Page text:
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‘The Age of Acquiescence,’ by Steve Fraser -

The Age of Acquiescence by Steve Fraser NYTimes com


Of course violence went both ways. Protests and strikes consistently faced bloody attacks from both state forces and hired guns, prompting the formation of various armed worker militias. Populists and socialists were attacked as everything from “ungrateful hyenas” to “mad dogs,” while conservative newspapers openly called on the state to “exterminate” the “mob.” The class war, in other words, was no mere metaphor.

Fraser offers several explanations for the boldness of the post-Civil War wave of labor resistance, including, interestingly, the intellectual legacy of the abolition movement. The fight against slavery had loosened the tongues of capitalism’s critics, forging a radical critique of the market’s capacity for barbarism. With bonded labor now illegal, the target pivoted to factory “wage slavery.” This comparison sounds strange to contemporary ears, but as Fraser reminds us, for European peasants and artisans, as well as American homesteaders, the idea of selling one’s labor for money was profoundly alien.

This is key to Fraser’s thesis. What ­fueled the resistance to the first Gilded Age, he argues, was the fact that many Americans had a recent memory of a different kind of economic system, whether in America or back in Europe. Many at the forefront of the resistance were actively fighting to protect a way of life, whether it was the family farm that was being lost to predatory creditors or small-scale artisanal businesses being wiped out by industrial capitalism. Having known something different from their grim present, they were capable of imagining — and fighting for — a radically better future.

It is this imaginative capacity that is missing from our second Gilded Age, a theme to which Fraser returns again and again in the latter half of the book. The latest inequality chasm has opened up at a time when there is no popular memory — in the United States, at least — of another kind of economic system. Whereas the activists and agitators of the first Gilded Age straddled two worlds, we find ourselves fully within capitalism’s matrix. So while we can demand slight improvements to our current conditions, we have a great deal of trouble believing in something else entirely.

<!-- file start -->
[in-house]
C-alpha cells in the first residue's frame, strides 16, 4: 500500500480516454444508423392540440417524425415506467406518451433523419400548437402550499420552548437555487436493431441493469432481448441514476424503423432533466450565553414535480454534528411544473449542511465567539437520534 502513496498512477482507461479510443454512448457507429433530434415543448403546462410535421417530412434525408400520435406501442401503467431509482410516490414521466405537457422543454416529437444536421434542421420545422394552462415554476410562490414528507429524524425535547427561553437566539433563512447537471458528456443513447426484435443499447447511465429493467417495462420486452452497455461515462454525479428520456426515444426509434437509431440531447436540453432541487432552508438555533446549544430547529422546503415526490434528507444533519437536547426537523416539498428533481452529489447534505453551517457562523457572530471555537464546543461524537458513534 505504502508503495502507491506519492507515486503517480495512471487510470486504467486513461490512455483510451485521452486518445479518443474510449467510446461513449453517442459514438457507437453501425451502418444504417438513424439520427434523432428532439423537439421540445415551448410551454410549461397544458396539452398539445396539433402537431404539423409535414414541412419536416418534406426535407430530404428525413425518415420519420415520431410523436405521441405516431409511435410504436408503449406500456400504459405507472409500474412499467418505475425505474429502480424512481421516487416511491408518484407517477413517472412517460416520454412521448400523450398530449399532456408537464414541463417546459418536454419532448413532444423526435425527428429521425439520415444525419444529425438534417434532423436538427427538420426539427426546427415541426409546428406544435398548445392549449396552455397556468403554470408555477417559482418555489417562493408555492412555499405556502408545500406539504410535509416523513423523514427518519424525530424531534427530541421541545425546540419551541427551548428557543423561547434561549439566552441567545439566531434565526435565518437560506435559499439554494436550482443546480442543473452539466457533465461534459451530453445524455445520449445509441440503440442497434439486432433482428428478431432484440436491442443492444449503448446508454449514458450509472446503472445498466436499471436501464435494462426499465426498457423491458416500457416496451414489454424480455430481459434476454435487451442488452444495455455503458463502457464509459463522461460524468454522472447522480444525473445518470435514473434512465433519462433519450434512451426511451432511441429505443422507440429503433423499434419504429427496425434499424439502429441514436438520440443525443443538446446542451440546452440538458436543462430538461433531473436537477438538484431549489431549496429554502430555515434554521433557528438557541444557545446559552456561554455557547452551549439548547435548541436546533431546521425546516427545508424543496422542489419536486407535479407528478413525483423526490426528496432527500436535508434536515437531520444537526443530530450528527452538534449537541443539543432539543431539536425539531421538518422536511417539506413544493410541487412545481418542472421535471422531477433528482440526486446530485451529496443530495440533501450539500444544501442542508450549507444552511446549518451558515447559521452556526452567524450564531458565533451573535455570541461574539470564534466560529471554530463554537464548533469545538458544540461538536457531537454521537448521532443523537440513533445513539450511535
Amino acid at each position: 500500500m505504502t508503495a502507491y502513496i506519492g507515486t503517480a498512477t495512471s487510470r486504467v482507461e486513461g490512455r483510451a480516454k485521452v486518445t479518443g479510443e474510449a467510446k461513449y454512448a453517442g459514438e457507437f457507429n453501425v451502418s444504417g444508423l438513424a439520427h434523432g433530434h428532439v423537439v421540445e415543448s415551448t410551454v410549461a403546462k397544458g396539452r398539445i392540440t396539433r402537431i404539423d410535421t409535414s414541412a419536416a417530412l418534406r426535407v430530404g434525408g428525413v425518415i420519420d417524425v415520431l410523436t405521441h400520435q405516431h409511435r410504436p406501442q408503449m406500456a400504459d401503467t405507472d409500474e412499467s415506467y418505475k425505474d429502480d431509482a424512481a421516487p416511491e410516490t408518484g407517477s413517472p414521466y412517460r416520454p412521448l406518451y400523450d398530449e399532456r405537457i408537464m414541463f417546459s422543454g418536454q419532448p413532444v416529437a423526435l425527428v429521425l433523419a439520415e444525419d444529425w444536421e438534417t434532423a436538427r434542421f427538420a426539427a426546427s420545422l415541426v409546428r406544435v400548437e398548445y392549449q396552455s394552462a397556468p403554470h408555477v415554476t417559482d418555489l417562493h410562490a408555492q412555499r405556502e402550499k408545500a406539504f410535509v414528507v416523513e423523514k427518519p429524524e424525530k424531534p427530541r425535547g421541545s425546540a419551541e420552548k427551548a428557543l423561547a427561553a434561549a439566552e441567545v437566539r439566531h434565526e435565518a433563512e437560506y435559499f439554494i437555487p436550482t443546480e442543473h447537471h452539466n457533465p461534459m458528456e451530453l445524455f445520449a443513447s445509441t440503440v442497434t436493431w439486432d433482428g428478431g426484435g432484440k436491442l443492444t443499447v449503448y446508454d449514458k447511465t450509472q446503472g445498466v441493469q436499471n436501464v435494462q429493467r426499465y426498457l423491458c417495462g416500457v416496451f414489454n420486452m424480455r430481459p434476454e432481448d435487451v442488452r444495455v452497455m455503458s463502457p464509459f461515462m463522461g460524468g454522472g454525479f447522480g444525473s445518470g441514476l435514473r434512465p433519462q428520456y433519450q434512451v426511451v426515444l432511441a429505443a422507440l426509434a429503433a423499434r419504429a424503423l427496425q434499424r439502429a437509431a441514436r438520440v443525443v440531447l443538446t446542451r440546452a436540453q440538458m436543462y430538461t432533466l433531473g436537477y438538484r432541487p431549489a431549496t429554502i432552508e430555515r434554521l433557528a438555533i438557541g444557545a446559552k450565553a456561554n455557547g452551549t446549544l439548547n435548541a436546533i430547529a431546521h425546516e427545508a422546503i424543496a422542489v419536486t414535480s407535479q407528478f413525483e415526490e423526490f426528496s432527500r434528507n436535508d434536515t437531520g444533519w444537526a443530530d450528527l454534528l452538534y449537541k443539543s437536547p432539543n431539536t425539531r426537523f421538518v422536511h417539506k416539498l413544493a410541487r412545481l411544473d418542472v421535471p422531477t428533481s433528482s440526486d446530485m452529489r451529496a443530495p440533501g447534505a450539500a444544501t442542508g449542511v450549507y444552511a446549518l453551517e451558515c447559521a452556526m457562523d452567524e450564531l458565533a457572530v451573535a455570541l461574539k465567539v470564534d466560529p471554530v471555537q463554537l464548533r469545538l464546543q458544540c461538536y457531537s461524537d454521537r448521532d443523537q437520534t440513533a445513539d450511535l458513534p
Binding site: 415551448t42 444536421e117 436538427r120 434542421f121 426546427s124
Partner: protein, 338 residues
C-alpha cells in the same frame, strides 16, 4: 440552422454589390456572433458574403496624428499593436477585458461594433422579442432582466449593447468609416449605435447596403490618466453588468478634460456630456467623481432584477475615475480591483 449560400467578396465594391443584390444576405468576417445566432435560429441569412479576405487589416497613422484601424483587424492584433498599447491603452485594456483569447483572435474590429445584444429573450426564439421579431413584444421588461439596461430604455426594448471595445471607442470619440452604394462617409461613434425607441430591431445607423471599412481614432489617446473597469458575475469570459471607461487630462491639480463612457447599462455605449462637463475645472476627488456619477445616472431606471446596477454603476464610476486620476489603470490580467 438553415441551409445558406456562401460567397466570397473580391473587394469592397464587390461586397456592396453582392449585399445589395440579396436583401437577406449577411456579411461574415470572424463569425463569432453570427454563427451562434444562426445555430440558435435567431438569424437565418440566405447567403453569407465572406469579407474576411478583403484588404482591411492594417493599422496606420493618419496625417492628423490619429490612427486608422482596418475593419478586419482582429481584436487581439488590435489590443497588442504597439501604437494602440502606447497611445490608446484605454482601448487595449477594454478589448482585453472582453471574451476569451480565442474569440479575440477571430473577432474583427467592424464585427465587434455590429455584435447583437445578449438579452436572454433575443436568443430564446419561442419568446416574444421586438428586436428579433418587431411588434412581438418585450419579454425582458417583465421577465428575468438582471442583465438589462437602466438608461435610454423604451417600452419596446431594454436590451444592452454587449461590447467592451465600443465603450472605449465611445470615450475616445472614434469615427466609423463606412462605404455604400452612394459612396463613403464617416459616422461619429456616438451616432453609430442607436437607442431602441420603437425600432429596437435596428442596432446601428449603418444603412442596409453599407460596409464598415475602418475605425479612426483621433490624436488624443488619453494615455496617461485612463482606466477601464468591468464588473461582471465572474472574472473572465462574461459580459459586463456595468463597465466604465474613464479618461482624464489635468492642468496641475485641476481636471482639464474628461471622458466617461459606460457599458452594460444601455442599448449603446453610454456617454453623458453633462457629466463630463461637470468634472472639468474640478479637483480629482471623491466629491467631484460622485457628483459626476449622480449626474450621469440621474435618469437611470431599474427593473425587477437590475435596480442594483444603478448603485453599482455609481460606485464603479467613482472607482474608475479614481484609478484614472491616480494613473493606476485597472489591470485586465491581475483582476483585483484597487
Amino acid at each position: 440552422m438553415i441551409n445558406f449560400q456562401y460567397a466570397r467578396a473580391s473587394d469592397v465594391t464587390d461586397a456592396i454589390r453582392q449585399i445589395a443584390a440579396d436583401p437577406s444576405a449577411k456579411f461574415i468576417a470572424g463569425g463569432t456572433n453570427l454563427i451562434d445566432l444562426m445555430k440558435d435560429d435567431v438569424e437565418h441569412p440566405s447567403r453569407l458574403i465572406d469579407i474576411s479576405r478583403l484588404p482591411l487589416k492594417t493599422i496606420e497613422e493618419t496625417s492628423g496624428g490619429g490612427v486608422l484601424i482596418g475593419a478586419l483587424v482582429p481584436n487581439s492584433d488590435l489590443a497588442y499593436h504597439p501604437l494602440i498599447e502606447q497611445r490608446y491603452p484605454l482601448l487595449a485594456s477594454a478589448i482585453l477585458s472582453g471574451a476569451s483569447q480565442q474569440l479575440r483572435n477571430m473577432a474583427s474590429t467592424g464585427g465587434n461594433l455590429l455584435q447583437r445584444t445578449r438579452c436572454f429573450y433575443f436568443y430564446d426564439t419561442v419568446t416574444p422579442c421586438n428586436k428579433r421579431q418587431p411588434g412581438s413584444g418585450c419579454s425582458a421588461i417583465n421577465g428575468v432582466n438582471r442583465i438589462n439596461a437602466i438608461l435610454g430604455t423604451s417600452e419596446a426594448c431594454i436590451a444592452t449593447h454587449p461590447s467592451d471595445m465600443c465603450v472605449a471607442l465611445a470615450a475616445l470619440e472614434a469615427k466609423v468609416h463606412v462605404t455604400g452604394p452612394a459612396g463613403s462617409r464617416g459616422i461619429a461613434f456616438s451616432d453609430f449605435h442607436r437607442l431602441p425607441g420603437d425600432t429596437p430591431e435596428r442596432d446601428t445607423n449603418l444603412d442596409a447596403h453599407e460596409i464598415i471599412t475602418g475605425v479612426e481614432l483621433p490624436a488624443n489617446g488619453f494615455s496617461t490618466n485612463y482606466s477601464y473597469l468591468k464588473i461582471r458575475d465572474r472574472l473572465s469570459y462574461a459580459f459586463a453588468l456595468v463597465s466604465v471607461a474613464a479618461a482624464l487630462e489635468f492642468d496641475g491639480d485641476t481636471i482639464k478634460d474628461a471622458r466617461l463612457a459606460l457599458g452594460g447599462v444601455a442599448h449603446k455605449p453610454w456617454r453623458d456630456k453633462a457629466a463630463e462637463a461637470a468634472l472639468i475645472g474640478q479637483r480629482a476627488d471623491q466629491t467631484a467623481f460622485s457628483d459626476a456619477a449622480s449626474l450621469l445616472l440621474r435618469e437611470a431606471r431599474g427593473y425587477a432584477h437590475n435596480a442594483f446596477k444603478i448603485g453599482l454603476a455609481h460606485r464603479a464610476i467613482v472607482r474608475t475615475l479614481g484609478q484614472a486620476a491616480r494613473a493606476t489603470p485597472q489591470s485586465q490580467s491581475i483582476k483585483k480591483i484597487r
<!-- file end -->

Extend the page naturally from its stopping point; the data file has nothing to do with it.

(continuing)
Fraser devotes several chapters to outlining the key “fables” which, he argues, have served as particularly effective ­resistance-avoidance tools. These range from the billionaire as rebel to the supposedly democratizing impact of mass stock ownership to the idea that contract work is a form of liberation. He also explores various forces that have a “self-­policing” impact — from mass indebtedness to mass incarceration; from the fear of having your job deported to the fear of having yourself deported.

With scarce use of story or development of characters, this catalog of disempowerment often feels more like an overlong list than an argument. And after reading hundreds of pages detailing depressing facts, Fraser’s concluding note — that “a new era of rebellion and transformation” might yet be possible — rings distinctly hollow.

This need not have been the case. Fraser spares only a few short paragraphs for those movements that are attempting to overcome the obstacles he documents — student-debt resisters, fast-food and Walmart workers fighting for a living wage, regional campaigns to raise the minimum wage to $15 an hour or the various creative attempts to organize vulnerable immigrant workers. We hear absolutely nothing directly from the leaders of these contemporary movements, all of whom are struggling daily with the questions at the heart of this book.

That’s too bad. Because if hope is to be credible, we need to hear not just from yesterday’s dreamers but from today’s as well.

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